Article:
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A Dive into the Romanian Mental Health System: What lies behind some horrors

5 Jan 2010

By Emilia Chiscop

A new disease is threatening Europe. Cancers, cardiovascular disorders or diabetes no longer seem so dreadful. Progress in medicine offers more chances for an early diagnosis, treatment and healing of these diseases that used to have a top position in mortality classifications. The disease of the modern man attacks the mind and soul. It is called depression. Its name sounds so commonplace that its seriousness is sometimes scoffed at. Yet, it affects 13% of Europeans and its prevalence is escalating. Depression is one of the important causes of suicide, and the number of those who put an end to their lives rose to57,000 people in Europe in 2006. In the light of these worrying statistics, the European Union and the World Health Organisation are calling governments to take a joint action to prevent depression and suicide. The Romanian authorities have, however, turned a deaf ear to this call, as mental health is still left out of the public agenda.

Romania is one of the states that lacks a national strategic plan for preventing depression. On the map of the states that do research aimed at assessing the mental health condition of the population, Romania is a "white spot". We hold the last position in Europe concerning public access to homecare services and hold instead the first position regarding access to psychiatric hospitals. This top position is the expression of the fact that diagnosis is belatedly performed, i.e. during seizures, which call for hospitalisation. It is the expression of a lack of prevention and supervision of patients already diagnosed, as well as of a high level of stigmatisation and discrimination. Psychiatric sufferance is an insuperable taboo. In its turn, the mental health system is the victim of such stigmatisation as it is neglected when granting state funds and is marginalised within the Romanian public health system as a whole. Figures shown by the WHO place Romania on the third to last place in Europe concerning the budget allocated to mental health. Romania is one of the very few European countries where the non-governmental sector is almost nonexistent in the field of mental health services. All these negative records were presented by WHO representatives Matt Muijen and Marc Danzon at the European Conference on "Prevention of Depression and Suicide", held in Budapest and attended by European health ministers and mental health experts. Romania was not represented by any Ministry official, only by Dr. Ileana Botezat Antonescu, manager of the National Centre of Mental Health, an institution which coordinates reformation of mental health only at a theoretical level, yet lacking authority and decision-making instruments at the level of concrete action.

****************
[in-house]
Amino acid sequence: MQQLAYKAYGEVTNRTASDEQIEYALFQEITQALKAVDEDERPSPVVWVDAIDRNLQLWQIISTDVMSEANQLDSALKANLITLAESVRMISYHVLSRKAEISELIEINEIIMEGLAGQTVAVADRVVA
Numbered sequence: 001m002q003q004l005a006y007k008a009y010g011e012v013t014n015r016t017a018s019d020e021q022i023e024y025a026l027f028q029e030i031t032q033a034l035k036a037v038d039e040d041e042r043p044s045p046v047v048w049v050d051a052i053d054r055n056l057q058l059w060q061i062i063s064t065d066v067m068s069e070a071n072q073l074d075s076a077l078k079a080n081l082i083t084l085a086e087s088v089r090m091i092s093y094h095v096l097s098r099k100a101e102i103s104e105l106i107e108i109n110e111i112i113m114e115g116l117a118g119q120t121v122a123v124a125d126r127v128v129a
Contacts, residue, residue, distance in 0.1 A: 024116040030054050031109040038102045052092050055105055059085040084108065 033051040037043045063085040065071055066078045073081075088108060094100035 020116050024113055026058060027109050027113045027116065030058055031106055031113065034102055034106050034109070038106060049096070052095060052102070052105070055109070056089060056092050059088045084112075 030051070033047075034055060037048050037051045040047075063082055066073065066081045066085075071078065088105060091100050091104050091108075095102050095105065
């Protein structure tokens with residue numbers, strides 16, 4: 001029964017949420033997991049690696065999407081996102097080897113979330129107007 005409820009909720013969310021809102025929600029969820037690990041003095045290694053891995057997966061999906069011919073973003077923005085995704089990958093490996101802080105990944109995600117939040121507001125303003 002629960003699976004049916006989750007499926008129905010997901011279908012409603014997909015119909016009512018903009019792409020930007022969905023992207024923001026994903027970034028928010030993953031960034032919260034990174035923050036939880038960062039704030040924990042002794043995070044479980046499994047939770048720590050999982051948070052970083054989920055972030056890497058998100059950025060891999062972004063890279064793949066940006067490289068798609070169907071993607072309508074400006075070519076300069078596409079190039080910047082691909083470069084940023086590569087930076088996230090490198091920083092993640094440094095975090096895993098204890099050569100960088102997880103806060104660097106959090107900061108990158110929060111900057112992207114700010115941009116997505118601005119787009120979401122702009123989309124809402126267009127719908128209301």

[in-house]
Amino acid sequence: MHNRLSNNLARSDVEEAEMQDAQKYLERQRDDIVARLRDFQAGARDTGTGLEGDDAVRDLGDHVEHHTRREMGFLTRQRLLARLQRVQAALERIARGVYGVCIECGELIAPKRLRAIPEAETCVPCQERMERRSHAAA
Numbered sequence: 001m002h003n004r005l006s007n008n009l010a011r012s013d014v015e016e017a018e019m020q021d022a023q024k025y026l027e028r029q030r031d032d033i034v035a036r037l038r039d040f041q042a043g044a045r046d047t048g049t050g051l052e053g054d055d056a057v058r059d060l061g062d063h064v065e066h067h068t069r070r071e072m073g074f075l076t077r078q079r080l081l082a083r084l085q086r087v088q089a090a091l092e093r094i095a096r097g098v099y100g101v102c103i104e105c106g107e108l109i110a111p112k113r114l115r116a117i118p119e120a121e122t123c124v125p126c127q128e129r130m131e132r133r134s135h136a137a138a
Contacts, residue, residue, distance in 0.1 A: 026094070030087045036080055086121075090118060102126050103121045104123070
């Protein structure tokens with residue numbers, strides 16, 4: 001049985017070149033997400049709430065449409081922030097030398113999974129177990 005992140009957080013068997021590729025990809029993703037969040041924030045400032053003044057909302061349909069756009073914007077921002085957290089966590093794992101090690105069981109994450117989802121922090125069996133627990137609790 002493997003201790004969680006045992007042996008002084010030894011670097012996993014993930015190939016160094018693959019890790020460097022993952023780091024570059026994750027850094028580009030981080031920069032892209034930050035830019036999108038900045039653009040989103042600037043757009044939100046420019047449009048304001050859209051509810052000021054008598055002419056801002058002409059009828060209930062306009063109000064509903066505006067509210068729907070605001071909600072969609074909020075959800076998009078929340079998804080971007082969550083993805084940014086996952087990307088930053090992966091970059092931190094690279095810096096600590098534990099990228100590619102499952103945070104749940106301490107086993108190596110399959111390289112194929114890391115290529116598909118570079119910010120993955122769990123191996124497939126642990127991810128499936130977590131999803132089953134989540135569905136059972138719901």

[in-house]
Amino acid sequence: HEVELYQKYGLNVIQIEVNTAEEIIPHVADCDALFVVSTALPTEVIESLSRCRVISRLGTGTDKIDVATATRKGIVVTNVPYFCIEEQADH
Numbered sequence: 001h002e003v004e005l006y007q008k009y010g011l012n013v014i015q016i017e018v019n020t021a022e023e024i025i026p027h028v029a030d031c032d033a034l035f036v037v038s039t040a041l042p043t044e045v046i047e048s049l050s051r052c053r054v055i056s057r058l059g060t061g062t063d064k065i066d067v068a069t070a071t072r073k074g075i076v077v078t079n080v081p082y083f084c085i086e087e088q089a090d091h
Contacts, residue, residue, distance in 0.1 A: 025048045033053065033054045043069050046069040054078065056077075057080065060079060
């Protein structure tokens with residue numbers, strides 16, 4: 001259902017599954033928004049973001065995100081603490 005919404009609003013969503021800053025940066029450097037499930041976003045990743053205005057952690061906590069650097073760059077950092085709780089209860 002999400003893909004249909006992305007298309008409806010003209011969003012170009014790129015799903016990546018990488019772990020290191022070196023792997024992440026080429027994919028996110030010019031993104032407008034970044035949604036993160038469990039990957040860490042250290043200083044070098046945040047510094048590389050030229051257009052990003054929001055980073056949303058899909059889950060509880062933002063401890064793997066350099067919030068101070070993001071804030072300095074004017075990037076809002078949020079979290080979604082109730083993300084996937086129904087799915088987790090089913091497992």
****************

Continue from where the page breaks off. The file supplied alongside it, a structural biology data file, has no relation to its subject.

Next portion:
Being a poor country, we cannot hope to have the best-performing mental healthcare systems of Europe, but we must acknowledge that beside other much developed states we also find, in this performance classification, two South-East and Central European countries: Slovenia (second place in Europe) and Slovakia (third place). The best-performing mental health system is the Swedish one, while the fourth and fifth places are taken by Belgium and Denmark, according to the data provided by André Joubert, Expert Platform on Depression, Denmark.

"Every year, 63,000 people from the 27 EU states die by committing suicide, which, in ten years, amounts to 630,000 people, that is more than the population of Lisbon or Copenhagen", underscored Zoltan Rihmer, psychiatry professor at the Faculty of Medicine in Budapest, and Danuta Wasserman from the Swedish National Institute for Psychiatry and Suicide Research, director of the National Programme for Mental Health and Prevention of Suicide. It must be noted that on the European map of mortality caused by suicide, Sweden holds a similar position as Romania, with a rate situated between 10-12 deaths per one hundred thousand people. The Swedish government has announced, as early as last year, the "Suicide -zero" policy. National information campaigns have been carried out here about the link between bank debts and mental health risks, and state institutions were set up in order to provide support for debtors. School curricula have introduced courses about mental health and prevention of violence, when it was found that the age at which the first symptoms of depression manifest is during adolescence.